From the Deloitte University Press, Jeff Schwartz, Udo Bohdal-Spiegelhoff, Michael Gretczko, & Nathan Sloan discuss the transformation of the workforce and the role of freelancers and gig workers in the new workforce. They write:
From the increasing use of contingent freelance workers to the growing role of robotics and smart machines, the corporate workforce is changing—radically and rapidly. These changes are no longer simply a distraction; they are now actively disrupting labor markets and the economy.
- Almost half of the executives surveyed (42 percent) expect to increase or significantly increase the use of contingent workers in the next three to five years; 43 percent anticipate greater deployment of robotics and cognitive technologies. Three out of four executives (76 percent) surveyed expect automation will require new skills in the workforce in the next one to three years.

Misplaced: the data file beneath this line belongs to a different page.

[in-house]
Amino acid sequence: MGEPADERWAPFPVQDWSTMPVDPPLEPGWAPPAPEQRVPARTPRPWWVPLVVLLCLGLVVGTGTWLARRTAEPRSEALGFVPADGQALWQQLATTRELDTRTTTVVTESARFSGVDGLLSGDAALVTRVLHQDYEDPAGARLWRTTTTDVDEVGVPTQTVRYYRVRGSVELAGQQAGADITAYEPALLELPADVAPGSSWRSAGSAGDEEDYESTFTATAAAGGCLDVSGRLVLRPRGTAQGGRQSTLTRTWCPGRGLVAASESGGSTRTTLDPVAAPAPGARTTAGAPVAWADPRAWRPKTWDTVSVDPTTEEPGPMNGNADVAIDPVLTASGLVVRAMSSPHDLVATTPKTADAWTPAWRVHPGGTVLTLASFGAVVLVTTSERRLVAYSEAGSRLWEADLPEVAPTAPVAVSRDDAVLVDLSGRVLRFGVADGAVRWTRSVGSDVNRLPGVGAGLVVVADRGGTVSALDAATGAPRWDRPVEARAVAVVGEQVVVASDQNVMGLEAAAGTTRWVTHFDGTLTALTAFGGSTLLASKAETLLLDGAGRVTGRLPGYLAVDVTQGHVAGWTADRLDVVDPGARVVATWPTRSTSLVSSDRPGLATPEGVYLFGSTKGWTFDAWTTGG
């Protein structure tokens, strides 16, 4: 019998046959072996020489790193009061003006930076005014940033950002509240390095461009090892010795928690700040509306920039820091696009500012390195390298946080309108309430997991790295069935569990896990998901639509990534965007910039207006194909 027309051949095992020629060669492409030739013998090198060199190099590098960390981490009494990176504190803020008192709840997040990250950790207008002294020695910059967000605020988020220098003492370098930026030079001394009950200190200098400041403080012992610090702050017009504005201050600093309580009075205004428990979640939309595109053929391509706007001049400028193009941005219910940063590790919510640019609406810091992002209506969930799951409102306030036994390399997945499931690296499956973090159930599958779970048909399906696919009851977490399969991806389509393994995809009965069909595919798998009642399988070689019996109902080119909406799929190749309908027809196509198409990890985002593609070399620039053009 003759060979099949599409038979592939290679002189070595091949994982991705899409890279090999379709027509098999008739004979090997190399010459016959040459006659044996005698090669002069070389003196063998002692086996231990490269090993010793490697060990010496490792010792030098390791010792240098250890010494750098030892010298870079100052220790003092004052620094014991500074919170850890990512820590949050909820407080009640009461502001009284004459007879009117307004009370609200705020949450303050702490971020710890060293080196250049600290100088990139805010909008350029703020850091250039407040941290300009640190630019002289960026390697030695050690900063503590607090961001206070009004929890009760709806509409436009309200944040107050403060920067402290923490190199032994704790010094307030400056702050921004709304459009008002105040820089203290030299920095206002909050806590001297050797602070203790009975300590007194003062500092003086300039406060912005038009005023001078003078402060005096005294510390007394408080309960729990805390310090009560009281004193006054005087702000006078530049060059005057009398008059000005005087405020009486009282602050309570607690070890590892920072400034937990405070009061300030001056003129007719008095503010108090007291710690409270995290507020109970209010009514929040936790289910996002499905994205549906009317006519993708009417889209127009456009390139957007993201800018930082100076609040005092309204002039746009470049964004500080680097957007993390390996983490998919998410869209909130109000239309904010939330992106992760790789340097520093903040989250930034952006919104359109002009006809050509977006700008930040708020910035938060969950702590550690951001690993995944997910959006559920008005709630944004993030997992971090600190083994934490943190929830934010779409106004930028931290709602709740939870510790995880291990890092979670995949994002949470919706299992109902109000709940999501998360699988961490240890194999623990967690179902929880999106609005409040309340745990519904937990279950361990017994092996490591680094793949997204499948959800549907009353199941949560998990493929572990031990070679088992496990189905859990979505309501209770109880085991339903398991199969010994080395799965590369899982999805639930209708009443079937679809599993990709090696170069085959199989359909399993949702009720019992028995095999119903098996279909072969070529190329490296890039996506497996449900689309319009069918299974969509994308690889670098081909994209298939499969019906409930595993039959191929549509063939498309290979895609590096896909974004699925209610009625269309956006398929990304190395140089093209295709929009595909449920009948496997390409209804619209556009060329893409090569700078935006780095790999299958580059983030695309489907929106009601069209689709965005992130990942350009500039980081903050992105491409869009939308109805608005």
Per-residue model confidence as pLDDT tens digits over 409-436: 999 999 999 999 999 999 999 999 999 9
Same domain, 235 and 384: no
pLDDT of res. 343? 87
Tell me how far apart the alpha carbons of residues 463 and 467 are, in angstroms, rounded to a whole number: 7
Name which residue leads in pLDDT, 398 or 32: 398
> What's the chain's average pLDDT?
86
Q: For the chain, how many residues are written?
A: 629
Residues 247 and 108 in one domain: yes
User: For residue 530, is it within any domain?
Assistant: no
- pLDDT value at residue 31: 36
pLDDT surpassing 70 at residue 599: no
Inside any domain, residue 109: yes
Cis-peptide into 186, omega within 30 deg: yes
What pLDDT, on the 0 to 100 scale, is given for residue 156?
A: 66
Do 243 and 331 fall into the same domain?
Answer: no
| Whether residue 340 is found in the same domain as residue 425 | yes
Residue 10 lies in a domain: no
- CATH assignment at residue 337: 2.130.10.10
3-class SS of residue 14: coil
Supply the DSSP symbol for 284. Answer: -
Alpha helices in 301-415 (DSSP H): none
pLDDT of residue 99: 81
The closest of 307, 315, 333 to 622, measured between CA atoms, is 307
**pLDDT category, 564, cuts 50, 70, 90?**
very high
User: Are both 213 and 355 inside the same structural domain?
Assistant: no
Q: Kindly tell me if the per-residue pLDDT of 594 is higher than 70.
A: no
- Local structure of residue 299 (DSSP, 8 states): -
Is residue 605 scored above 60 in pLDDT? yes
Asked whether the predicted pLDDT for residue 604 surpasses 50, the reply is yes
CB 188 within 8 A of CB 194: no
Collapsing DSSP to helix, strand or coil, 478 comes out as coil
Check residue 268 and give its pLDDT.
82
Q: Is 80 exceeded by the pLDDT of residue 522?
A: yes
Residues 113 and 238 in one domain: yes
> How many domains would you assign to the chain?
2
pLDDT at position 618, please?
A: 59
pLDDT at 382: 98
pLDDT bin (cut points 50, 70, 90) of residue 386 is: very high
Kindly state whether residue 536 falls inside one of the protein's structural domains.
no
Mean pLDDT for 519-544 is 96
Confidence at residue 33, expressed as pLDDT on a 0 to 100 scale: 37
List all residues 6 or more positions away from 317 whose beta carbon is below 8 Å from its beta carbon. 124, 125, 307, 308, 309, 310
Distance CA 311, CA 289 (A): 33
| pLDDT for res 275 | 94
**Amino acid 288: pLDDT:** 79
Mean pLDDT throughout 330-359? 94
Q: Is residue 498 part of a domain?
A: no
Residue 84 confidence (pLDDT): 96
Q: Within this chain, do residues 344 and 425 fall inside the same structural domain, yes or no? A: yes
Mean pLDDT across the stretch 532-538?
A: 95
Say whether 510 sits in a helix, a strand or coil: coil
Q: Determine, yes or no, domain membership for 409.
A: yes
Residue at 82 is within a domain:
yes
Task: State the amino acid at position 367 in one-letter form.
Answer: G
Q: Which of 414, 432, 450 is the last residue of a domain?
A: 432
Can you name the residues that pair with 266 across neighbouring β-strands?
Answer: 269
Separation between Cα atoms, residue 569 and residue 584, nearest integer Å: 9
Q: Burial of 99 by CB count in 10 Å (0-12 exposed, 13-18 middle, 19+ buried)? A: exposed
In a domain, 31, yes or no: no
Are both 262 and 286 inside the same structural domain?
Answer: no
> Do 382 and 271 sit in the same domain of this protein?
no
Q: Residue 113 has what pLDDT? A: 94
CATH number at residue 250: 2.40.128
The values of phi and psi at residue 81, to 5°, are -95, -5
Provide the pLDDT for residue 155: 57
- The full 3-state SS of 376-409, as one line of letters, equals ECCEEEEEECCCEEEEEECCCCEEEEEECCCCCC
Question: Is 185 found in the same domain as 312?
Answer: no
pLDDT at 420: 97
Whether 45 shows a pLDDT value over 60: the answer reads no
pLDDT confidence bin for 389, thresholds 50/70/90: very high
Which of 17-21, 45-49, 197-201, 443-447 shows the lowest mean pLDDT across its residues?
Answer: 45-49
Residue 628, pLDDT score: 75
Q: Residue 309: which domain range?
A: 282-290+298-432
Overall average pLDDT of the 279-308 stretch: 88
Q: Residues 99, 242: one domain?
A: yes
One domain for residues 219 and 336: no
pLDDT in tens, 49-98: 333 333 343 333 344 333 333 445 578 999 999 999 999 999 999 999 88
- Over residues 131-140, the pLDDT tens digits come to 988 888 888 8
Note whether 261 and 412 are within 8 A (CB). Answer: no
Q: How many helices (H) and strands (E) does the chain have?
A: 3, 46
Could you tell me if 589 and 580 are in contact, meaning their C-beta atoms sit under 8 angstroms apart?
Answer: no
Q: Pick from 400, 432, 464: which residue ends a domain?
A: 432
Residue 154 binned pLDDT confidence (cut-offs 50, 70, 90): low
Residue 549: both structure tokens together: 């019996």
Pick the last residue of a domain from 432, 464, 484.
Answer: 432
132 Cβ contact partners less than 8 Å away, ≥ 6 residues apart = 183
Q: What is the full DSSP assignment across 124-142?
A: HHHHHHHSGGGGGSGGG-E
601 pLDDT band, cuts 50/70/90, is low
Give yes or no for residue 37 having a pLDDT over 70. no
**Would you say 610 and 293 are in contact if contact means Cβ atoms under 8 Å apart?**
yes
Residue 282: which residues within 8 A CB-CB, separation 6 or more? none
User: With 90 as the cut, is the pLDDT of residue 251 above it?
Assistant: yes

- The concept of “contingent workforce management” is being reshaped by the “gig economy”—networks of people who make a living working without any formal employment agreement—as well as by the increased use of machines as talent.
- New regulations that mandate pay for overtime, increase the minimum wage, and tighten rules for part-time status are becoming more important than ever, with a growing public policy debate over how to regulate and measure new labor models.1
Three years ago, Deloitte introduced the concept of the open talent economy, predicting that new labor models—on and off the balance sheet—would become increasingly important sources of talent.2Today, they are.
Granted, respondents to this year’s survey rated workforce management the least important of the trends we explored. (See figure 1 for our survey respondents’ ratings of workforce management’s importance across global regions and selected countries.) Nonetheless, rapid changes in the nature of the workforce, through new labor markets and models and through automation, present important challenges for business and HR leaders.
Read the full story at The gig economy: Distraction or disruption